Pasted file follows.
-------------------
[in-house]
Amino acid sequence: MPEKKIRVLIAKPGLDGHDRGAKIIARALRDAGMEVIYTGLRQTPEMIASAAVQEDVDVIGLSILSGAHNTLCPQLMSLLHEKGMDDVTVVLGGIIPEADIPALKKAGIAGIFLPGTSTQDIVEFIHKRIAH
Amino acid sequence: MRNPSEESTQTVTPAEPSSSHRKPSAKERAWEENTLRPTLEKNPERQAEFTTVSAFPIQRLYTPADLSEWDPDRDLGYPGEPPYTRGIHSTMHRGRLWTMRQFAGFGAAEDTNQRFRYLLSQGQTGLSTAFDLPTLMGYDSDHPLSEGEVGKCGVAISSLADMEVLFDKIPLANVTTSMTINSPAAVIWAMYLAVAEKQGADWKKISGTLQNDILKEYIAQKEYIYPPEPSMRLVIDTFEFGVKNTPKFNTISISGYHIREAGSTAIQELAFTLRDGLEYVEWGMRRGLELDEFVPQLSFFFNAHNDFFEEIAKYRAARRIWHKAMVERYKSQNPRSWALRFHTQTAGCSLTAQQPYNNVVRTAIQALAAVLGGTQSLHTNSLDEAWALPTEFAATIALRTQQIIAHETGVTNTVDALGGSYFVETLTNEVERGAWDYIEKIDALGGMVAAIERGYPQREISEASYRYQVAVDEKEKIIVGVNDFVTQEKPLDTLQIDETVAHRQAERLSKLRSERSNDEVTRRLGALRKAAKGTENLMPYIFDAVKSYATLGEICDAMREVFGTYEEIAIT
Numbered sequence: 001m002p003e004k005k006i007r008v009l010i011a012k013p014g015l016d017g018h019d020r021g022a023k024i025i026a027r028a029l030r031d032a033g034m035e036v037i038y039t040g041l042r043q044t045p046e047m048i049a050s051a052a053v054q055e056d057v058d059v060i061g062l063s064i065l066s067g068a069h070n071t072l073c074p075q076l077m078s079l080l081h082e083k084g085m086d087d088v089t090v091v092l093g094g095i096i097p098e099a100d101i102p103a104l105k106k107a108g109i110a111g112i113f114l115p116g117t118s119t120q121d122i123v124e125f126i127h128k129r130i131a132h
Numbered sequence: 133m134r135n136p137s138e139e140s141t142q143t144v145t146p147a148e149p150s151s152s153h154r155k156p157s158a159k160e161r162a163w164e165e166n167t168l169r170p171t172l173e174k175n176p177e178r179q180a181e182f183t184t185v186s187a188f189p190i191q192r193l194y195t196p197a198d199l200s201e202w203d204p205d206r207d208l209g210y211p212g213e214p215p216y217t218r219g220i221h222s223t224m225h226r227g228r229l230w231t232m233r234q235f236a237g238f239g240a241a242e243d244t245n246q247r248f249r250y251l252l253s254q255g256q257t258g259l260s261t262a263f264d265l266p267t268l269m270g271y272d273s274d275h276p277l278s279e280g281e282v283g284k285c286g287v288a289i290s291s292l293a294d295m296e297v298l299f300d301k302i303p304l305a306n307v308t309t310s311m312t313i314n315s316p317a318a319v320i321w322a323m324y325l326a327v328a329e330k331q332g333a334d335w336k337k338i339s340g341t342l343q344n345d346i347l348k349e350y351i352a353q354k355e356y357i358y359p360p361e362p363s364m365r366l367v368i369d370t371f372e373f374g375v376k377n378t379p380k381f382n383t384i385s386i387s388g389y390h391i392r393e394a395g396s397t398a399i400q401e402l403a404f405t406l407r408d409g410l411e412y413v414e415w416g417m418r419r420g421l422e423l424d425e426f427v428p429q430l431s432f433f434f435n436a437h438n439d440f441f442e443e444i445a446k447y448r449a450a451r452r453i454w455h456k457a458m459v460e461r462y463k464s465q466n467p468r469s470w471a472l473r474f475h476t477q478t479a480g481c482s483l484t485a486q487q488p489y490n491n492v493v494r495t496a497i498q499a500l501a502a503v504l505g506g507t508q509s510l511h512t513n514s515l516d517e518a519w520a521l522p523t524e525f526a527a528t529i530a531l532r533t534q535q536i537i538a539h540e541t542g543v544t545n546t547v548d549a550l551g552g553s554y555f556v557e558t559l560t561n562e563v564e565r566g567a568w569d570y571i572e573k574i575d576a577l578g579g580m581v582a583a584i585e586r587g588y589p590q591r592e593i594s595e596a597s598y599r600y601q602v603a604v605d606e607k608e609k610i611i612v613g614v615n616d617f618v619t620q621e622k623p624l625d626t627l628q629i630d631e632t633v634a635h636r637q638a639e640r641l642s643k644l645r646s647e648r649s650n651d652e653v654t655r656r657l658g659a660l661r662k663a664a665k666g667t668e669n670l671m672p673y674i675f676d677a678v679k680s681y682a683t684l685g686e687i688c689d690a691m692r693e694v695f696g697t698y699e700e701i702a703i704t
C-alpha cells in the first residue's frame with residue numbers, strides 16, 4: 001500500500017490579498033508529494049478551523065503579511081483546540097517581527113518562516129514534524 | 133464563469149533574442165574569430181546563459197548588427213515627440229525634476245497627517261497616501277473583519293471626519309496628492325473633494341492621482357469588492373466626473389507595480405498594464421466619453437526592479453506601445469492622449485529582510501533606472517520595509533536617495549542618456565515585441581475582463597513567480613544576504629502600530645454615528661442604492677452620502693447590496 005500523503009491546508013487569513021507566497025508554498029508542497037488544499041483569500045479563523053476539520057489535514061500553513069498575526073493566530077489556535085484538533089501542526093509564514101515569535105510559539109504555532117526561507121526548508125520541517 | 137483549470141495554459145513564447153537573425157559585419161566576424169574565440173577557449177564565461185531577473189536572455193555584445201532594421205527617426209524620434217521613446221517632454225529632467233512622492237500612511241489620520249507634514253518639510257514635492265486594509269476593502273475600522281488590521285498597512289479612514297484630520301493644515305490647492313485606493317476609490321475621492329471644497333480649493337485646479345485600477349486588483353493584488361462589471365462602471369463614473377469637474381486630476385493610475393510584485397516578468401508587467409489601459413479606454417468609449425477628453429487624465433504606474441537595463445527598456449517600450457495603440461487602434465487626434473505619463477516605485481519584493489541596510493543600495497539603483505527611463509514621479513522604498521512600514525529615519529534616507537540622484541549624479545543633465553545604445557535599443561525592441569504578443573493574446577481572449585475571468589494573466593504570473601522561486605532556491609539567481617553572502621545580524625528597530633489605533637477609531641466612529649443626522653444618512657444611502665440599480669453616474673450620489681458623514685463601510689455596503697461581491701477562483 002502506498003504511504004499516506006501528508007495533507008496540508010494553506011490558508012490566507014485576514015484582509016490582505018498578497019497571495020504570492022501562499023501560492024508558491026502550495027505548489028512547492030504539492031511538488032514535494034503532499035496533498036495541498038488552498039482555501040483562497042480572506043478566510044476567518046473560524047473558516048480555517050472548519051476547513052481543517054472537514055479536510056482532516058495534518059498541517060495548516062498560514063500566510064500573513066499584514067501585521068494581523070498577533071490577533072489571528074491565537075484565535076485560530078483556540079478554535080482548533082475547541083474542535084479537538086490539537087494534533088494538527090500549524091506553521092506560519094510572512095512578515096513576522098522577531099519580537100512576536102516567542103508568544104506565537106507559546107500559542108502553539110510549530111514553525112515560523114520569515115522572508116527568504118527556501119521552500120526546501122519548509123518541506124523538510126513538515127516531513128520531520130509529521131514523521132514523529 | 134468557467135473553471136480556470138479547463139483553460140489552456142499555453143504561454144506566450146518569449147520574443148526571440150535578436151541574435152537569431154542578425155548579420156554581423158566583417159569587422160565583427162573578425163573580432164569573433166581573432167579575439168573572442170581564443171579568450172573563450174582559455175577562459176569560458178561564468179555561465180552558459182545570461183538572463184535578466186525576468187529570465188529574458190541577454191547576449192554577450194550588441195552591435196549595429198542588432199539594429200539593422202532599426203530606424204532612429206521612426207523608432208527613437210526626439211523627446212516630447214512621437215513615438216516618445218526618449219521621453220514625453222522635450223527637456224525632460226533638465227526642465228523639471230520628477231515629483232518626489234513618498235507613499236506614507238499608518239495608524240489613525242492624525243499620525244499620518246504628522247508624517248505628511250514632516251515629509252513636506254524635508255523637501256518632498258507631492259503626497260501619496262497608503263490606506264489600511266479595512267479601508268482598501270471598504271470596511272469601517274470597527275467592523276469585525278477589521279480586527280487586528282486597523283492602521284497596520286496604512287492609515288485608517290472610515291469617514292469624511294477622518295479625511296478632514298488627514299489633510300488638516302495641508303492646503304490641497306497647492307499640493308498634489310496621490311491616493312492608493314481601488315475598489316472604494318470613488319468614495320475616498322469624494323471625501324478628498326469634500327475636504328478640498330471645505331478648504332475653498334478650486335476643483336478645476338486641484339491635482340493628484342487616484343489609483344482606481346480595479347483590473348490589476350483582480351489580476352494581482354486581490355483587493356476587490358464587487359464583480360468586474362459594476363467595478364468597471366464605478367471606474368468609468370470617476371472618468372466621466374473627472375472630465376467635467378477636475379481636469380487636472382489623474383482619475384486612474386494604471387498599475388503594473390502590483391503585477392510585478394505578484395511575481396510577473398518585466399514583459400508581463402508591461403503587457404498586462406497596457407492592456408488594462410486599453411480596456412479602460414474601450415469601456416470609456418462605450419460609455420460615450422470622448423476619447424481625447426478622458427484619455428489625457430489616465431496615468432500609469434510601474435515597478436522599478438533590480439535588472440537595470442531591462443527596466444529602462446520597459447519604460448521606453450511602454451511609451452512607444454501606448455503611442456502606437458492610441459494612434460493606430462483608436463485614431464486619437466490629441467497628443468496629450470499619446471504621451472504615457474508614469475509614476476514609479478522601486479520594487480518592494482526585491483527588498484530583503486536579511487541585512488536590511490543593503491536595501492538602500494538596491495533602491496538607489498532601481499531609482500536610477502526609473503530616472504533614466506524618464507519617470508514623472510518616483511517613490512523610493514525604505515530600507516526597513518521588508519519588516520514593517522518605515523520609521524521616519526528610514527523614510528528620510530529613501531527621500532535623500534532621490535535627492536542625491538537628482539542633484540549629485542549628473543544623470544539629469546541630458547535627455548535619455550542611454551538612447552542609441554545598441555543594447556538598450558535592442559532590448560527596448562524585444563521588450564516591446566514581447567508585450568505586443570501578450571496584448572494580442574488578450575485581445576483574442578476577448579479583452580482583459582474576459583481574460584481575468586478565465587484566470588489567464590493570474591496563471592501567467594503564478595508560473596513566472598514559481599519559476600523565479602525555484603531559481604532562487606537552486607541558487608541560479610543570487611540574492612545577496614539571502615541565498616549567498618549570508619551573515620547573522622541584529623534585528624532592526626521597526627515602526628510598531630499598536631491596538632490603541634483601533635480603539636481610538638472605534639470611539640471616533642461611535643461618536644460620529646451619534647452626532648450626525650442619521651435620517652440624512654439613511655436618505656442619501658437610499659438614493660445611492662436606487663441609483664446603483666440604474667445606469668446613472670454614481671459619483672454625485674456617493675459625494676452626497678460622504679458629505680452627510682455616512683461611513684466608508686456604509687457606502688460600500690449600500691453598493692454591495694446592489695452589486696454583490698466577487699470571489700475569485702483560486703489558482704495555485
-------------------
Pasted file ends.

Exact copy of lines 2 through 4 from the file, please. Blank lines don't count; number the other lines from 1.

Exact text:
Amino acid sequence: MPEKKIRVLIAKPGLDGHDRGAKIIARALRDAGMEVIYTGLRQTPEMIASAAVQEDVDVIGLSILSGAHNTLCPQLMSLLHEKGMDDVTVVLGGIIPEADIPALKKAGIAGIFLPGTSTQDIVEFIHKRIAH
Amino acid sequence: MRNPSEESTQTVTPAEPSSSHRKPSAKERAWEENTLRPTLEKNPERQAEFTTVSAFPIQRLYTPADLSEWDPDRDLGYPGEPPYTRGIHSTMHRGRLWTMRQFAGFGAAEDTNQRFRYLLSQGQTGLSTAFDLPTLMGYDSDHPLSEGEVGKCGVAISSLADMEVLFDKIPLANVTTSMTINSPAAVIWAMYLAVAEKQGADWKKISGTLQNDILKEYIAQKEYIYPPEPSMRLVIDTFEFGVKNTPKFNTISISGYHIREAGSTAIQELAFTLRDGLEYVEWGMRRGLELDEFVPQLSFFFNAHNDFFEEIAKYRAARRIWHKAMVERYKSQNPRSWALRFHTQTAGCSLTAQQPYNNVVRTAIQALAAVLGGTQSLHTNSLDEAWALPTEFAATIALRTQQIIAHETGVTNTVDALGGSYFVETLTNEVERGAWDYIEKIDALGGMVAAIERGYPQREISEASYRYQVAVDEKEKIIVGVNDFVTQEKPLDTLQIDETVAHRQAERLSKLRSERSNDEVTRRLGALRKAAKGTENLMPYIFDAVKSYATLGEICDAMREVFGTYEEIAIT
Numbered sequence: 001m002p003e004k005k006i007r008v009l010i011a012k013p014g015l016d017g018h019d020r021g022a023k024i025i026a027r028a029l030r031d032a033g034m035e036v037i038y039t040g041l042r043q044t045p046e047m048i049a050s051a052a053v054q055e056d057v058d059v060i061g062l063s064i065l066s067g068a069h070n071t072l073c074p075q076l077m078s079l080l081h082e083k084g085m086d087d088v089t090v091v092l093g094g095i096i097p098e099a100d101i102p103a104l105k106k107a108g109i110a111g112i113f114l115p116g117t118s119t120q121d122i123v124e125f126i127h128k129r130i131a132h